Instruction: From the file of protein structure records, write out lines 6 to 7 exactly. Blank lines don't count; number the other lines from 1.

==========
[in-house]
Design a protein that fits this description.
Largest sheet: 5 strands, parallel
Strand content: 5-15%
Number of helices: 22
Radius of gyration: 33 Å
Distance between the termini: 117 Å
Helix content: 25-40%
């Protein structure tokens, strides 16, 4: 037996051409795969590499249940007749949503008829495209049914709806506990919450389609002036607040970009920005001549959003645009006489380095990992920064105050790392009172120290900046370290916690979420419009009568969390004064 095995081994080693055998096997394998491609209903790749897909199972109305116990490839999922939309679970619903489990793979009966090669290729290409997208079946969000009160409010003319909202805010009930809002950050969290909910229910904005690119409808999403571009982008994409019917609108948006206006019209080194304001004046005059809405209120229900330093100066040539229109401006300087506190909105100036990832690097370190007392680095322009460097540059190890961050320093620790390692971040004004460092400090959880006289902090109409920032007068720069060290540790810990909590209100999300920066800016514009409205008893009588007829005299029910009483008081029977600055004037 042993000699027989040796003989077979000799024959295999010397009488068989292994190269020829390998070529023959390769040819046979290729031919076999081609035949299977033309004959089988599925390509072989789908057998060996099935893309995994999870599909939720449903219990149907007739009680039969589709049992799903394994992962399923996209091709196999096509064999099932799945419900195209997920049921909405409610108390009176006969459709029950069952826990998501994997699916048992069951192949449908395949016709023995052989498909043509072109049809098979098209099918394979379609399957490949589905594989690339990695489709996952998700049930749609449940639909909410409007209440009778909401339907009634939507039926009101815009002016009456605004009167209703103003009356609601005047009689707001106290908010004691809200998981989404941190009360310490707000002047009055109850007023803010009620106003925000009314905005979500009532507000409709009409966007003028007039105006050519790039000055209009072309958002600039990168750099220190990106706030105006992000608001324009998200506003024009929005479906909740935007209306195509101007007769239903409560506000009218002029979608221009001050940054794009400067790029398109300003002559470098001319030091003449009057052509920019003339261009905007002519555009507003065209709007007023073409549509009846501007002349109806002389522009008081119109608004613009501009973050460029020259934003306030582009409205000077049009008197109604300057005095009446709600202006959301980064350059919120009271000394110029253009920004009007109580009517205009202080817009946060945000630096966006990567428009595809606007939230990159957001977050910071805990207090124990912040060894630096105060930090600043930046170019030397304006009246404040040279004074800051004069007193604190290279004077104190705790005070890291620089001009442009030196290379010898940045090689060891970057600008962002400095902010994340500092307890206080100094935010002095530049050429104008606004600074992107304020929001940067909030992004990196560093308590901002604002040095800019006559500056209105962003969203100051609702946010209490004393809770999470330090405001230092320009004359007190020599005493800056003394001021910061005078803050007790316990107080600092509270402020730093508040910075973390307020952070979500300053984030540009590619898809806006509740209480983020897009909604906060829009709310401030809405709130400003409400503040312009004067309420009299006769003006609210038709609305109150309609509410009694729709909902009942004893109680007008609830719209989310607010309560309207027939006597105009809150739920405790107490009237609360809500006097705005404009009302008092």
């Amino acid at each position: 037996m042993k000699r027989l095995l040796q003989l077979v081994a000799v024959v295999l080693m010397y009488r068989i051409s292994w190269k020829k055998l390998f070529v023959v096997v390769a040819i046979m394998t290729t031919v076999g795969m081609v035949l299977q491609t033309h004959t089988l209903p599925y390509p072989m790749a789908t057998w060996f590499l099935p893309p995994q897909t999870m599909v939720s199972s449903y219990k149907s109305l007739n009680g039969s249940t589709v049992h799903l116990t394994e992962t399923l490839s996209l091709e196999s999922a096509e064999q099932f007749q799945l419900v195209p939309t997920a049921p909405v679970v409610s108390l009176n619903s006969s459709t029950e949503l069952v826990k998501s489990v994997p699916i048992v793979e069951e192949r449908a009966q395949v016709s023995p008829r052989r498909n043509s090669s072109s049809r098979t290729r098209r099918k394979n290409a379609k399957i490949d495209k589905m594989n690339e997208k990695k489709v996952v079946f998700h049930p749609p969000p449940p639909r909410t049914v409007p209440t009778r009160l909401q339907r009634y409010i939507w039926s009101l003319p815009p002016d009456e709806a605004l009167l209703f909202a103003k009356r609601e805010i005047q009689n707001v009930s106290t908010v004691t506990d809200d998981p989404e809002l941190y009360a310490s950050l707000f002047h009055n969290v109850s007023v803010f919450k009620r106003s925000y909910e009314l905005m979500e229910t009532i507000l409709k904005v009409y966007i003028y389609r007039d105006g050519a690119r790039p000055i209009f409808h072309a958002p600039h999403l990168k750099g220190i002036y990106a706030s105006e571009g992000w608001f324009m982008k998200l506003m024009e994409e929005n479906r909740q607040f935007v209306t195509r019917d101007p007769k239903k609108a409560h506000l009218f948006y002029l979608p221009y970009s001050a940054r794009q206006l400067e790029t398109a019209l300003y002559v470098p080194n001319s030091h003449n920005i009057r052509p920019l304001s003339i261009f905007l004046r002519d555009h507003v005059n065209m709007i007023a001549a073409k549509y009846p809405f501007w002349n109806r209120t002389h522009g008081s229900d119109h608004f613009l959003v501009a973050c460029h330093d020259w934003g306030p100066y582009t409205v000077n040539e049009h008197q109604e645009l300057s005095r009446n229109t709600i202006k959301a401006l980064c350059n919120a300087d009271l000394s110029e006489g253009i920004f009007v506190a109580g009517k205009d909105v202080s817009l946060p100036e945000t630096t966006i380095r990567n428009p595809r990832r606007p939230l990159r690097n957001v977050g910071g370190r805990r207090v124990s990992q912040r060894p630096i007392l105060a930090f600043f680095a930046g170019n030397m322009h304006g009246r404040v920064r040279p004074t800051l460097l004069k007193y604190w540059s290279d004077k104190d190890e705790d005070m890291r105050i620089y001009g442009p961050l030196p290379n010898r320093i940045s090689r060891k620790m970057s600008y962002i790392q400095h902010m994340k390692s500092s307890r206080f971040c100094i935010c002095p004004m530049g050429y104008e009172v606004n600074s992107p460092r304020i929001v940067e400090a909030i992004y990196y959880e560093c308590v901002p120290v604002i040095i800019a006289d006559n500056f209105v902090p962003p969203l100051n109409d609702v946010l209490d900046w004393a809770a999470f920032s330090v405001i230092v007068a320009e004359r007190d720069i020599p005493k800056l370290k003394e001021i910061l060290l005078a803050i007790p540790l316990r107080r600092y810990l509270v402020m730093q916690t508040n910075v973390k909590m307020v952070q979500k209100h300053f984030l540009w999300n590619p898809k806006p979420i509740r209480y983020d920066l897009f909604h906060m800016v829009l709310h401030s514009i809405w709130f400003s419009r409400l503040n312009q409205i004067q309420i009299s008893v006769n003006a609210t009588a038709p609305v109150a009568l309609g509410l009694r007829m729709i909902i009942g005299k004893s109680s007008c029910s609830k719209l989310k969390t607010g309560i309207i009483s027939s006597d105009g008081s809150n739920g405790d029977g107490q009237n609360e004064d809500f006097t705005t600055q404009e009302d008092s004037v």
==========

Radius of gyration: 33 Å
Distance between the termini: 117 Å